“A rush of refined velocity”
Alright, fine: the 2011 ZX-10R doesn’t really make 197bhp. Kawasaki said it did but only 175bhp gets from brochure to back wheel. And, I’ll accept, that’s less than the BMW, with its all-too-true 190bhp. The ZX-10R is less torquey than the S1000RR too, less flexible and – as ridiculous as this sounds for a 1000cc superbike – a fair bit revvier.
But all that makes the Ninja nicer to ride. The BMW’S onslaught of power lives in constant conflict with its basic, first-gen electronics: open the throttle and the motor wants to wheelie, so the traction control kills the power, then the motor kicks back in, the electronics panic and pull the plug. The ZX-10R is a more cohesive ride. Wind it on hard and there’s no hopping, skipping or jumping – just a fluid rush of refined velocity. So it’s 0.2s slower to 100mph? What a disaster…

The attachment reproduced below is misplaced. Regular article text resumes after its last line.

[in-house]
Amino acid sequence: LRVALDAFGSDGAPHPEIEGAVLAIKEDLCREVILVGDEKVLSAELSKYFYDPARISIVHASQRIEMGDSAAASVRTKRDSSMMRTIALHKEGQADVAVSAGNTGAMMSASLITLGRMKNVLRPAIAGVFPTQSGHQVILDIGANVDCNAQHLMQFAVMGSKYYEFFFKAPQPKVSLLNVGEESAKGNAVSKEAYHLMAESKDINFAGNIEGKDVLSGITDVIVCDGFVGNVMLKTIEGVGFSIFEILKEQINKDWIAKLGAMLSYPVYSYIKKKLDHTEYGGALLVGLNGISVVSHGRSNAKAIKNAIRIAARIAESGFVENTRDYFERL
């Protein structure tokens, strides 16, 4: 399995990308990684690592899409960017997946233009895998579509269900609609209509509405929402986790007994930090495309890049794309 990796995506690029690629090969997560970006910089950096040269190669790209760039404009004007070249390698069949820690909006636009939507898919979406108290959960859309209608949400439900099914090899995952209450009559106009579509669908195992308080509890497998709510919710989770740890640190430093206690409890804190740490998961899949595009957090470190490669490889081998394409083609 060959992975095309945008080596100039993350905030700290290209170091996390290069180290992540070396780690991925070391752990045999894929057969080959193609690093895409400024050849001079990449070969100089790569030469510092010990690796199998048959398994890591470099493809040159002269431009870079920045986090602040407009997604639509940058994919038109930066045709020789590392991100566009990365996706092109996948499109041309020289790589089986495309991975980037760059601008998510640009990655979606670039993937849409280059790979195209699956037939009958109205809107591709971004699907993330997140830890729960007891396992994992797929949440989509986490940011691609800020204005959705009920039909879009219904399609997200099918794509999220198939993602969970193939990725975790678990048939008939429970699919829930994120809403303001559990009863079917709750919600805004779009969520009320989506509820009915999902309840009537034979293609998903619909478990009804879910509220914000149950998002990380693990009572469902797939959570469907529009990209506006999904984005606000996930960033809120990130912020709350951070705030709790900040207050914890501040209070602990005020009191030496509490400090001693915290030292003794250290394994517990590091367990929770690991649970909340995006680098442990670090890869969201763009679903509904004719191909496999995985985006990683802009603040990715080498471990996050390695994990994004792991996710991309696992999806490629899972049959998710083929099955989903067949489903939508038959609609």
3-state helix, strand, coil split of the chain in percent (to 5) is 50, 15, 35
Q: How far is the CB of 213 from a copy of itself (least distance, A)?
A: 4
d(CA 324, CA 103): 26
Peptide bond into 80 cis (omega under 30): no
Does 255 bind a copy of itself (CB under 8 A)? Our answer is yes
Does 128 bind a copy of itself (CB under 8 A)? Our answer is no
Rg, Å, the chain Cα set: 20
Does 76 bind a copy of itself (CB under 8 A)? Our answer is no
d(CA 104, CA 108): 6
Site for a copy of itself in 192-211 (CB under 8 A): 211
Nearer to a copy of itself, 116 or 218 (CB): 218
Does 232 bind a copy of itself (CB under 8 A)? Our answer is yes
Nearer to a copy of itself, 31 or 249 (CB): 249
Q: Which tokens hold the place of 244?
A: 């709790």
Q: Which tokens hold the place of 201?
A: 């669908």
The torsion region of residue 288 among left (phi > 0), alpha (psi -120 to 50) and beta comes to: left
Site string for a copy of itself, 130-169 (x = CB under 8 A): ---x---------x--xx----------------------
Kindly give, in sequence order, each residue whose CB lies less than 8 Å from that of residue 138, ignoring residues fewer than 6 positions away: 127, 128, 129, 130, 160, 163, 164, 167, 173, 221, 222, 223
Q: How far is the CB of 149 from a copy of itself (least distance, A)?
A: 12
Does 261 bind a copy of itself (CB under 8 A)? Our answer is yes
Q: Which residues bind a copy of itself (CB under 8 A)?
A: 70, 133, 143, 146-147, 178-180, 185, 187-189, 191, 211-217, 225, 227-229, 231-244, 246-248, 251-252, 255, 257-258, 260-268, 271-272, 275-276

The Kawasaki’s better-looking too. Don’t let the BM’S corporate Motorsport colours distract you – the first S1000RR is a wonky-faced gargoyle. The ZX-10R looks resplendent in its sleek symmetry. It’s not even excruciatingly uncomfortable either. In 2011 I rode the length of France (730 miles in 26 hours, with an overnight stop) and the worst pain was a knuckle skinned lowering the adjustable footpegs. On the road, its ride quality is plusher than the BMW. On the track – well, shall we compare World Superbike trophy cabinets?
The Kawasaki is a cohesive and engaging ride and it piles on the speed